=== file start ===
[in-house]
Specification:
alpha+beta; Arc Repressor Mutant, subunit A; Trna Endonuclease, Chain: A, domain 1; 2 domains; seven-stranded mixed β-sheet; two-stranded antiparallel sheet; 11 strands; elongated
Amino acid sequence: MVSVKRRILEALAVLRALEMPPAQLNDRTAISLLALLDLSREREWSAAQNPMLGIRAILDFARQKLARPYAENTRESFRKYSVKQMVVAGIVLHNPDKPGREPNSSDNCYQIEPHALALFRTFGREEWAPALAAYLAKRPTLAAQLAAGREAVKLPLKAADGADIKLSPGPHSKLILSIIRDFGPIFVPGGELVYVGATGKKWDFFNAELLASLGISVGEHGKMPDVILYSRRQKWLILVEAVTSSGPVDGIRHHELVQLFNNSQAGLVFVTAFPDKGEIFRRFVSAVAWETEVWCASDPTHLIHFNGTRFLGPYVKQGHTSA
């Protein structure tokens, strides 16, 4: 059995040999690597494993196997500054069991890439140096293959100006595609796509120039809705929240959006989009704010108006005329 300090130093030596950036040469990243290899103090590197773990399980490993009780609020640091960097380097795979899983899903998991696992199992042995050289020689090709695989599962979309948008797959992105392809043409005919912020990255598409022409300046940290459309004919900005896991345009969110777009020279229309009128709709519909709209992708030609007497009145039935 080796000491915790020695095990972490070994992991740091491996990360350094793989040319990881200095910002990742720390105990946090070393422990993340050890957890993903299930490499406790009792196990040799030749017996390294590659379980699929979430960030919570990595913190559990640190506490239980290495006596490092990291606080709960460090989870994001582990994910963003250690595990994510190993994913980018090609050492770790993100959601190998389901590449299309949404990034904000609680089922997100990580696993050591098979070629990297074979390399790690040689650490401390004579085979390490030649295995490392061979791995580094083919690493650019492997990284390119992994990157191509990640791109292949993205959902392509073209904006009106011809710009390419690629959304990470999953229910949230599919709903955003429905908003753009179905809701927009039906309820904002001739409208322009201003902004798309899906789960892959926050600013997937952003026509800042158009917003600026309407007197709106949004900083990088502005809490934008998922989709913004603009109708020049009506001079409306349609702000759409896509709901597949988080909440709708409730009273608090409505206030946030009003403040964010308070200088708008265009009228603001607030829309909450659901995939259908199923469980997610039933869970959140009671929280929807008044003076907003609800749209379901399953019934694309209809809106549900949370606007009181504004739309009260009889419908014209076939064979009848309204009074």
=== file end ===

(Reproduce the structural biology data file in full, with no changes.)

[in-house]
Specification:
alpha+beta; Arc Repressor Mutant, subunit A; Trna Endonuclease, Chain: A, domain 1; 2 domains; seven-stranded mixed β-sheet; two-stranded antiparallel sheet; 11 strands; elongated
Amino acid sequence: MVSVKRRILEALAVLRALEMPPAQLNDRTAISLLALLDLSREREWSAAQNPMLGIRAILDFARQKLARPYAENTRESFRKYSVKQMVVAGIVLHNPDKPGREPNSSDNCYQIEPHALALFRTFGREEWAPALAAYLAKRPTLAAQLAAGREAVKLPLKAADGADIKLSPGPHSKLILSIIRDFGPIFVPGGELVYVGATGKKWDFFNAELLASLGISVGEHGKMPDVILYSRRQKWLILVEAVTSSGPVDGIRHHELVQLFNNSQAGLVFVTAFPDKGEIFRRFVSAVAWETEVWCASDPTHLIHFNGTRFLGPYVKQGHTSA
């Protein structure tokens, strides 16, 4: 059995040999690597494993196997500054069991890439140096293959100006595609796509120039809705929240959006989009704010108006005329 300090130093030596950036040469990243290899103090590197773990399980490993009780609020640091960097380097795979899983899903998991696992199992042995050289020689090709695989599962979309948008797959992105392809043409005919912020990255598409022409300046940290459309004919900005896991345009969110777009020279229309009128709709519909709209992708030609007497009145039935 080796000491915790020695095990972490070994992991740091491996990360350094793989040319990881200095910002990742720390105990946090070393422990993340050890957890993903299930490499406790009792196990040799030749017996390294590659379980699929979430960030919570990595913190559990640190506490239980290495006596490092990291606080709960460090989870994001582990994910963003250690595990994510190993994913980018090609050492770790993100959601190998389901590449299309949404990034904000609680089922997100990580696993050591098979070629990297074979390399790690040689650490401390004579085979390490030649295995490392061979791995580094083919690493650019492997990284390119992994990157191509990640791109292949993205959902392509073209904006009106011809710009390419690629959304990470999953229910949230599919709903955003429905908003753009179905809701927009039906309820904002001739409208322009201003902004798309899906789960892959926050600013997937952003026509800042158009917003600026309407007197709106949004900083990088502005809490934008998922989709913004603009109708020049009506001079409306349609702000759409896509709901597949988080909440709708409730009273608090409505206030946030009003403040964010308070200088708008265009009228603001607030829309909450659901995939259908199923469980997610039933869970959140009671929280929807008044003076907003609800749209379901399953019934694309209809809106549900949370606007009181504004739309009260009889419908014209076939064979009848309204009074």